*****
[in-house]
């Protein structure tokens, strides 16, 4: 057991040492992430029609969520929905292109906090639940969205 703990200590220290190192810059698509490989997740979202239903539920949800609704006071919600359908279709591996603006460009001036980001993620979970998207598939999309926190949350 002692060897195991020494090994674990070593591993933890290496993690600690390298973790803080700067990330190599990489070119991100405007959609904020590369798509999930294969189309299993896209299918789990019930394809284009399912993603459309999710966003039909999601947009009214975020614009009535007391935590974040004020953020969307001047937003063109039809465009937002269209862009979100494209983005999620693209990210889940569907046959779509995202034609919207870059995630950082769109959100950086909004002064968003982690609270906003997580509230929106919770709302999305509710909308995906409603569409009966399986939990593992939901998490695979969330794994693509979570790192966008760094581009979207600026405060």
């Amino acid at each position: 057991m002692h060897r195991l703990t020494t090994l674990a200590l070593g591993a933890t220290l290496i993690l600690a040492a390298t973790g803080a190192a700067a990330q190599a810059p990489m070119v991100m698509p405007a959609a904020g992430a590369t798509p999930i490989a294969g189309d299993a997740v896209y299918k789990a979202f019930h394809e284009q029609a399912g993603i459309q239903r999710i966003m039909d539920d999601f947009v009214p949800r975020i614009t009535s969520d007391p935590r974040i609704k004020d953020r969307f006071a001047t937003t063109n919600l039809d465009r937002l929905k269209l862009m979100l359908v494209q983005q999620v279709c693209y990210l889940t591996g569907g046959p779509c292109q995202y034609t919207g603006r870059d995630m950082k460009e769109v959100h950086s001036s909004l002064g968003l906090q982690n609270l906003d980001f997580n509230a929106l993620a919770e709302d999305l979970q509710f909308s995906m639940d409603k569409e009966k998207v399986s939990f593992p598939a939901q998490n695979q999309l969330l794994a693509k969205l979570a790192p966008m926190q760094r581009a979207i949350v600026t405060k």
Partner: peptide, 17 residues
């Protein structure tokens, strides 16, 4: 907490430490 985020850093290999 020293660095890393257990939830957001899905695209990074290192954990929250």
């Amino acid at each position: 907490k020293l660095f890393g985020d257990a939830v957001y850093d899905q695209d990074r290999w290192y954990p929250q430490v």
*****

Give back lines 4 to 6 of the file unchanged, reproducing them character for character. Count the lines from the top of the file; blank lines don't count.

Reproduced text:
Partner: peptide, 17 residues
């Protein structure tokens, strides 16, 4: 907490430490 985020850093290999 020293660095890393257990939830957001899905695209990074290192954990929250």
């Amino acid at each position: 907490k020293l660095f890393g985020d257990a939830v957001y850093d899905q695209d990074r290999w290192y954990p929250q430490v």